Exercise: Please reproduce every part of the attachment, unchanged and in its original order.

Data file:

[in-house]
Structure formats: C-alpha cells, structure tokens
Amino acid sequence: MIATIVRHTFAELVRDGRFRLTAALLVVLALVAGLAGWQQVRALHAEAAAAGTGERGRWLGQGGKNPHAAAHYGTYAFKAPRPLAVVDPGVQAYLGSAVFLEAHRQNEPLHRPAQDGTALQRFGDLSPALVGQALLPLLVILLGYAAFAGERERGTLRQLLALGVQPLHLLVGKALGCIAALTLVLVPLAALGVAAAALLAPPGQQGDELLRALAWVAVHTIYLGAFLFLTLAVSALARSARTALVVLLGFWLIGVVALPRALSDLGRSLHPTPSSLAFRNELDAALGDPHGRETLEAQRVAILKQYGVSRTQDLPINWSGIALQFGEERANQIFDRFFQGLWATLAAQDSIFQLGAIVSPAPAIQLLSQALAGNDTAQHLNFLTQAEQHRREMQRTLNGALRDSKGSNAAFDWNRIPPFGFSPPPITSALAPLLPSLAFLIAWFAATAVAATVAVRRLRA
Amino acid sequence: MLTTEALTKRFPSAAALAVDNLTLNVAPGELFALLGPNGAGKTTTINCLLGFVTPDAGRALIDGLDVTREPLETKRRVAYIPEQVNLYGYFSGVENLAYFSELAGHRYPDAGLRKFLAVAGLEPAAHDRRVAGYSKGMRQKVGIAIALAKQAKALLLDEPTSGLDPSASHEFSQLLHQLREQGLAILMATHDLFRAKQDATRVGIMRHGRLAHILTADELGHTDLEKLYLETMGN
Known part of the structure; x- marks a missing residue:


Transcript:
[in-house]
Structure formats: C-alpha cells, structure tokens
Amino acid sequence: MIATIVRHTFAELVRDGRFRLTAALLVVLALVAGLAGWQQVRALHAEAAAAGTGERGRWLGQGGKNPHAAAHYGTYAFKAPRPLAVVDPGVQAYLGSAVFLEAHRQNEPLHRPAQDGTALQRFGDLSPALVGQALLPLLVILLGYAAFAGERERGTLRQLLALGVQPLHLLVGKALGCIAALTLVLVPLAALGVAAAALLAPPGQQGDELLRALAWVAVHTIYLGAFLFLTLAVSALARSARTALVVLLGFWLIGVVALPRALSDLGRSLHPTPSSLAFRNELDAALGDPHGRETLEAQRVAILKQYGVSRTQDLPINWSGIALQFGEERANQIFDRFFQGLWATLAAQDSIFQLGAIVSPAPAIQLLSQALAGNDTAQHLNFLTQAEQHRREMQRTLNGALRDSKGSNAAFDWNRIPPFGFSPPPITSALAPLLPSLAFLIAWFAATAVAATVAVRRLRA
Amino acid sequence: MLTTEALTKRFPSAAALAVDNLTLNVAPGELFALLGPNGAGKTTTINCLLGFVTPDAGRALIDGLDVTREPLETKRRVAYIPEQVNLYGYFSGVENLAYFSELAGHRYPDAGLRKFLAVAGLEPAAHDRRVAGYSKGMRQKVGIAIALAKQAKALLLDEPTSGLDPSASHEFSQLLHQLREQGLAILMATHDLFRAKQDATRVGIMRHGRLAHILTADELGHTDLEKLYLETMGN
Known part of the structure; x- marks a missing residue: